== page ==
Handling Mobile Responsiveness and More Like a Boss in VueJS with VueX

Using Vuex to Handle Mobile Responsiveness Like a Chief That You Are

responsive-image-vue.png

Well, one very interesting thing about Front-end development as a stack remains that the users get to enjoy and vibe to the interfaces and experiences we put in their hands without realizing the amount of patches and magics we do behind the scene especially when mobile responsiveness is concerned.

Mobile responsiveness can be a very soft thing for experienced developers like myself ( the Tech Lead 😆 ) to handle. However, it can be a pain in the ass for newbies, average developers, our backend fellows, sometimes myself and also but not limited to those who don't enjoy relying on libraries to get simple things done.

Today i will be showing you how you can handle mobile responsiveness using Vuex in Vue like a Boss. So, let's dive right in

What you will be needing for this workshop

  1. Node See how to install Node
  2. Vue CLI See how to install Vue CLI
  3. Vuex See how to create Vue project (remember to choose Vuex option)
  4. VS Code (code editor)

We are going to make a lot of assumptions here. This is not a Vue Crash Course class, i am not going to start from the very scratch. If this is your first time using VueJs, i will recommend you take one of these courses: VueMastery Beginner Course or Net Ninja Vue Youtube PlayList

Assumptions

  1. You are already familiar with VueJS and a lil bit of vuex.
  2. You already created a Vue CLI project and you already have a component you are trying to make responsive.
  3. You already opened up your project folder in VS Code and you are ready to go.

Now, let's get to work..

Firstly,

Install vuex in your project if you haven't. If you have, skip this step and continue anywhere you see this: 🚀🚀🚀.

Navigate to your project folder on your terminal and install vuex using the following command:

npm install vuex --save

Then, navigate to your scr folder in your project root folder. Under your src folder, create another folder and name it store. Inside this store, create a file and name it index.js

Open this src/store/index.js file in your code editor and paste the following boiler plate code.

import Vue from 'vue'
import Vuex from 'vuex'  //how you import vuex from the vuex library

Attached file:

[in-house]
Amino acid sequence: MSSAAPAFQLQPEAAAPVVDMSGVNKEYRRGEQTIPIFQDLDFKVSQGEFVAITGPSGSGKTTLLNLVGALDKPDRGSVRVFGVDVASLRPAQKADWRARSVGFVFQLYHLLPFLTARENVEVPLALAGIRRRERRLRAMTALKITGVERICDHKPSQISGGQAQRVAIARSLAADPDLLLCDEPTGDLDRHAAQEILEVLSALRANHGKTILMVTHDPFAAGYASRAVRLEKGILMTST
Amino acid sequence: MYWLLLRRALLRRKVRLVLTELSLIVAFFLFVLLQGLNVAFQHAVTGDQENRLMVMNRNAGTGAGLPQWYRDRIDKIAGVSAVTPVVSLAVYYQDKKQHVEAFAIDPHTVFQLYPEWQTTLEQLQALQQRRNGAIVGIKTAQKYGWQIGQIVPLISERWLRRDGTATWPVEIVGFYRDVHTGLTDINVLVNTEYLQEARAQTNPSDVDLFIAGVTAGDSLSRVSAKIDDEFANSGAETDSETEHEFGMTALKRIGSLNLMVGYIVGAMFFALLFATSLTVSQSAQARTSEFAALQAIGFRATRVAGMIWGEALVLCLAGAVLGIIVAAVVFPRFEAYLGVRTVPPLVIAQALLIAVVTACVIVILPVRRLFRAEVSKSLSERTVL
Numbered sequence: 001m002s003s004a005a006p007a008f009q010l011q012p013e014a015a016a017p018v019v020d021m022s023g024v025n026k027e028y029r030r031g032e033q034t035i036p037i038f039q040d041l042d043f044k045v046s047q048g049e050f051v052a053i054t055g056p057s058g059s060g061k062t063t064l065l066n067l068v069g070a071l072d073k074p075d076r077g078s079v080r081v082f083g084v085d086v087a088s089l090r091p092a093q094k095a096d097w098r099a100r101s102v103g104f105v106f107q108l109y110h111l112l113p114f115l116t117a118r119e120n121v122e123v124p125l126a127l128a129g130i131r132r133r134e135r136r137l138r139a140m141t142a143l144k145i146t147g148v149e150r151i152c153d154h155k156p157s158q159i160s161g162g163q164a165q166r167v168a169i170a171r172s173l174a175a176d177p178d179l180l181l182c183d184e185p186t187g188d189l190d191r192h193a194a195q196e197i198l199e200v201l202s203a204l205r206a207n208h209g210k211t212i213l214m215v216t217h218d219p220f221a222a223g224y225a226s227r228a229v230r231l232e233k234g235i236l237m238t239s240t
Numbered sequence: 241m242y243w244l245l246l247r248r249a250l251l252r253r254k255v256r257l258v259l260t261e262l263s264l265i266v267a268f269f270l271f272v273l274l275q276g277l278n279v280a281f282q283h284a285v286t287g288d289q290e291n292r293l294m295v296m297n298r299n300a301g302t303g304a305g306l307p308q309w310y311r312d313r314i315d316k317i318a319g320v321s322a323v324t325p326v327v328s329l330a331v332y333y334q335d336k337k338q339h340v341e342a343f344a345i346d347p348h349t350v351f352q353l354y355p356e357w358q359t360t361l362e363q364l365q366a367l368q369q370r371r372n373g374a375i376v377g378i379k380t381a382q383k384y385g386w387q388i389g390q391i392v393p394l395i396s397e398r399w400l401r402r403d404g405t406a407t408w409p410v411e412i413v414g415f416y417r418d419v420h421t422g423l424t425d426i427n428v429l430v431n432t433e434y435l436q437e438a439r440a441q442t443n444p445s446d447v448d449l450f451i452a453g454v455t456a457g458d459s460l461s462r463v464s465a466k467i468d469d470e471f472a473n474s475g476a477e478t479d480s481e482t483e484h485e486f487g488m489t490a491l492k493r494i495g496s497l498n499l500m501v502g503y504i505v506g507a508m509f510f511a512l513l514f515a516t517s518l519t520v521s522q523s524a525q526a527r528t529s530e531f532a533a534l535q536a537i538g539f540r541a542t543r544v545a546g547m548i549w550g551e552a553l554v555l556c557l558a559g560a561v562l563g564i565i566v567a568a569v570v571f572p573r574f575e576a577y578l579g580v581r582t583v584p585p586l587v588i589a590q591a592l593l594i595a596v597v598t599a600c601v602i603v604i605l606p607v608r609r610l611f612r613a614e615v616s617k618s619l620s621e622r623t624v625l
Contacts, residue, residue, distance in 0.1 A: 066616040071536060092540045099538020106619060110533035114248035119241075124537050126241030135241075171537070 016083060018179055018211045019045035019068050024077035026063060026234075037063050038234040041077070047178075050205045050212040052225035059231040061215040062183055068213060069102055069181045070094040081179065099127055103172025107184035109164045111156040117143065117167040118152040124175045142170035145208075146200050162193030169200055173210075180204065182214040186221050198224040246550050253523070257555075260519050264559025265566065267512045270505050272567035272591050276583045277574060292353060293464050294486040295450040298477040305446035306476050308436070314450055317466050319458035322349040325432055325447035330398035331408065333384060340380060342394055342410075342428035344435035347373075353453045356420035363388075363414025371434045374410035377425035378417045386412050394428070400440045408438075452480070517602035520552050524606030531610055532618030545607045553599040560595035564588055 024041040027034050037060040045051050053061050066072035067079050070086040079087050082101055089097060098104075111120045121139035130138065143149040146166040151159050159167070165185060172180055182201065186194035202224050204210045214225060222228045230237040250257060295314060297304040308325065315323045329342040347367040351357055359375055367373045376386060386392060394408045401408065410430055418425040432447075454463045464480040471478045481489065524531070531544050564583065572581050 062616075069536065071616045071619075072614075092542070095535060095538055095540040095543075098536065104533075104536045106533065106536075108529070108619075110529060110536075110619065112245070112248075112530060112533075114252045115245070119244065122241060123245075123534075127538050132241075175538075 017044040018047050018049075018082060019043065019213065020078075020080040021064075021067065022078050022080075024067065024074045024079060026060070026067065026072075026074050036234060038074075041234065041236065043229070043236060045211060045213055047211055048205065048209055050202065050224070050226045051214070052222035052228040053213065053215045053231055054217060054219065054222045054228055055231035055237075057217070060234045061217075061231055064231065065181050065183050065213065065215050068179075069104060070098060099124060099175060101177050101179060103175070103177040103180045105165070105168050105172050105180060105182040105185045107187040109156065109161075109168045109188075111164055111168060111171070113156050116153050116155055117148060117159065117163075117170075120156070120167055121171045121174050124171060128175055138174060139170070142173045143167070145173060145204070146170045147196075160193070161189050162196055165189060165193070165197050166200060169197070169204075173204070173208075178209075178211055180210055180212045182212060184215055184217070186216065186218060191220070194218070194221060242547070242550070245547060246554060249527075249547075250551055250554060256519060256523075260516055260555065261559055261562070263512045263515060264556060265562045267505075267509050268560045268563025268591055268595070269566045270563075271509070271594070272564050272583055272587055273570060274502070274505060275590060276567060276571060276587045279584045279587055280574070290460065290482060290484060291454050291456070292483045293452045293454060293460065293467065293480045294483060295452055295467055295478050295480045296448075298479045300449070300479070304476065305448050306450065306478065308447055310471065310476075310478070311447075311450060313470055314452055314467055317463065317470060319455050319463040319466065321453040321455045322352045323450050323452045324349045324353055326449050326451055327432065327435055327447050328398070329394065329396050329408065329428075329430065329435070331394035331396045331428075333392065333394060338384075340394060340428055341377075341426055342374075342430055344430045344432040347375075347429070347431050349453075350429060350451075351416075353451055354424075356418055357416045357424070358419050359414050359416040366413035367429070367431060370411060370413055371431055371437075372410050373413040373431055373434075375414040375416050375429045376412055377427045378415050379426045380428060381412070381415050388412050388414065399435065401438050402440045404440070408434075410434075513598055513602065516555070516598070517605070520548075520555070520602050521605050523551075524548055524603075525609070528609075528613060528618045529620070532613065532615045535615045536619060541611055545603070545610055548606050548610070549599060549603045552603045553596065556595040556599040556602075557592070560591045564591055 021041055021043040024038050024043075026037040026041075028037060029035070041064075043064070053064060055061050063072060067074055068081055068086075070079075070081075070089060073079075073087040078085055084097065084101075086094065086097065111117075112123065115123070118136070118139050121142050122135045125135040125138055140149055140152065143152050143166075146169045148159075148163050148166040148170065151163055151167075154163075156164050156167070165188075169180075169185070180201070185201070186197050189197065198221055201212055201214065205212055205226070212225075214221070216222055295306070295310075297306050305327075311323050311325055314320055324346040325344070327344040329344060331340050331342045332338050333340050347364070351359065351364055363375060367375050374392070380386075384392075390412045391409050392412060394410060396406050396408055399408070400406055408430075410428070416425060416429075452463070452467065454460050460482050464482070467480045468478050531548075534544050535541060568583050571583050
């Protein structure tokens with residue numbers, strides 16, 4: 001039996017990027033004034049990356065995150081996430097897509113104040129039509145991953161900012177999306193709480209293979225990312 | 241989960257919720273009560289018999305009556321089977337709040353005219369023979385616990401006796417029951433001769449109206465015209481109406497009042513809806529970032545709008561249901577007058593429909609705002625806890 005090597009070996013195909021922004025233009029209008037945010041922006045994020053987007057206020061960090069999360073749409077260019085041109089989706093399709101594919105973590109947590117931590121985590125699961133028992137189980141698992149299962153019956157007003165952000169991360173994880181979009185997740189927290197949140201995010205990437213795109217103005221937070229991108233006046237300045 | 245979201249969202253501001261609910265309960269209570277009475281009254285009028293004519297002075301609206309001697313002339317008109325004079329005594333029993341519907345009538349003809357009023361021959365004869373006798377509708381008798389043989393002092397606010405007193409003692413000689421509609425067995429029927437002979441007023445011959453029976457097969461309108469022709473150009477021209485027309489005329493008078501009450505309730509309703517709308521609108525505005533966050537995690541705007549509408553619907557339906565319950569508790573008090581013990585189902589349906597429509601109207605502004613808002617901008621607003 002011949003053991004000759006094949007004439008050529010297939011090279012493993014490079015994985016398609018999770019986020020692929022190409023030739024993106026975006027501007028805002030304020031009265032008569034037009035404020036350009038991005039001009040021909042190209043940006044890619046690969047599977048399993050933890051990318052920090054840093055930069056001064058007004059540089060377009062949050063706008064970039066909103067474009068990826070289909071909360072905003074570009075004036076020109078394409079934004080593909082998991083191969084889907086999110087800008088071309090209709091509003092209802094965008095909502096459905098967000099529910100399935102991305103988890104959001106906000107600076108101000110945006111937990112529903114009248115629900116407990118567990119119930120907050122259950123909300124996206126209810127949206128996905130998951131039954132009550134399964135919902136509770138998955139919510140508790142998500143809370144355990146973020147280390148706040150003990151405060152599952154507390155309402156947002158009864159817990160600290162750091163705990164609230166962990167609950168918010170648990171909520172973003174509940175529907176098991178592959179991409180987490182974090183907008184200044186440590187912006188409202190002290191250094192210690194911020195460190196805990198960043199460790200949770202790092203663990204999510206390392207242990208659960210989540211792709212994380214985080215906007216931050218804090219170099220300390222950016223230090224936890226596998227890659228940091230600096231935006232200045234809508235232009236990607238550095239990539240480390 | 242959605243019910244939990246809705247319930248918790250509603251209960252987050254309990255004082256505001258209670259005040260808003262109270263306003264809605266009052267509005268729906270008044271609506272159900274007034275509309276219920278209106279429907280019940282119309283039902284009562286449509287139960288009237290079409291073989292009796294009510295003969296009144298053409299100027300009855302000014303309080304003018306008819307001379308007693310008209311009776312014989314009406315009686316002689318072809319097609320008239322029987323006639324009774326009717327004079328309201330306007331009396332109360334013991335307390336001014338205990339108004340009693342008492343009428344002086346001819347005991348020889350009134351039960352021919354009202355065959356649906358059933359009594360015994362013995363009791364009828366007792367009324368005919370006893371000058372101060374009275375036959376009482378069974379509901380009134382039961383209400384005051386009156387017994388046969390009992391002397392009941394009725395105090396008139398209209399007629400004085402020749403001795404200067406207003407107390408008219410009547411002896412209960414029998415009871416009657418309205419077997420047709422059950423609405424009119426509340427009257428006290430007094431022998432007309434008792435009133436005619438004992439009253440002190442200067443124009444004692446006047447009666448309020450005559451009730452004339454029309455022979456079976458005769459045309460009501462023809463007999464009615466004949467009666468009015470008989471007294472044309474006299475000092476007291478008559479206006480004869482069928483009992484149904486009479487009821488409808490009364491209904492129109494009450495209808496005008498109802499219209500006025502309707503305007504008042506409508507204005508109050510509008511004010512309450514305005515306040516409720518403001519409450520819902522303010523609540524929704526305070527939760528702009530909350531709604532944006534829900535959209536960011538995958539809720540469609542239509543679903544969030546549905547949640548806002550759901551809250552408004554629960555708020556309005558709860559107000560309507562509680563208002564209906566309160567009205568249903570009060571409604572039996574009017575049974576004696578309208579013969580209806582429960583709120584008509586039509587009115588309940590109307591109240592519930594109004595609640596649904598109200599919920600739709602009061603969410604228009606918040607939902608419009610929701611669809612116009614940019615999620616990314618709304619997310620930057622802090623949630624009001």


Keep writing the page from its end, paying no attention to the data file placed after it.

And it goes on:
Vue.use(Vuex) // let's you use vuex in vue as plugin

// Below is your default vuex store instance, don't get scared.
export default new Vuex.Store({
  modules: {
  },
  state: {
  },
  getters: {
  },
  mutations: {
  },
  actions: {
  }
})

Then, go ahead and import vuex store in your src/main.js file and also add the store to your vue instance for use, like this...

import Vue from 'vue'
import App from './App.vue'
import store from './truestore' // this is how you import the store. It automatically detects your store/index.js file


Vue.config.productionTip = false

new Vue({
  router,
  store, // this is how you add the store to your vue instance
  render: h => h(App)
}).$mount('#app')

You have successfully installed and setup your vuex store, Yipee 👏.

🚀🚀🚀 Hey Chief, you can now continue with us.

Now,

We need to create a separate store module for checking what device a user is currently using and setting a mobile or not mobile state which we will be using later. Go to your src/store folder and create another folder which we will name modules. Inside this modules folder, create a file and name it checkDeviceState.js.

Open up your checkDeviceState.js file and create a state, getters, mutations, and actions objects. Then you export these objects.

const state = {
}

const getters = {
}

const mutations = {
}

const actions = {
}

export default {
    state,
    getters,
    mutations,
    actions
}

Next,

create a mobile property in your state and set its default value to false

const state = {
    mobile: false
}

Then, create a getter that returns the value of our mobile property in the state.

const getters = {
    mobile: state => {
        return state.mobile
    }
}

.then(

create a property "checkDevice" in your mutations object that checks if the user is on a mobile device or not and updates the mobile property in your state based on that.

const mutations = {
    checkDevice: state => {  // here, we have a function that takes our state as an argument
        if (window.innerWidth <= 410) { 
        // checks if your device width is less than 410 which denotes mobile device. Note, you can set any width you want based on the width you are targeting as mobile device.
            state.mobile = true // sets the mobile property to true if it's a mobile device
        }
        else {
            state.mobile = false // sets the mobile property to false if it's not a mobile device
        }
    }
}

We can now use a lifecycle hook in any of our components or views to trigger this mutation anytime we load a view/page. However, it is generally advisable not to trigger a mutation directly in Vue and some other frameworks especially but not limited to when dealing with asynchronous tasks.

So, we will create an action that will be in charge of triggering the "checkDevice" mutation. Why? This let's us fully trace the mutations and track what user action is changing things in our state. We can then use these information to perform other actions if we like.

Let's create an action called checkMobile

const actions = {
    checkMobile: context => { // a function that takes context as an argument. Context here is literal.
        context.commit('checkDevice') // this piece here commits and triggers the checkDevice mutation. We interact with checkDevice mutation through this action from our components.
    }
}

Now, let's import this store module from our src/modules/checkDeviceState.js file into our store/index.js file, under the modules object.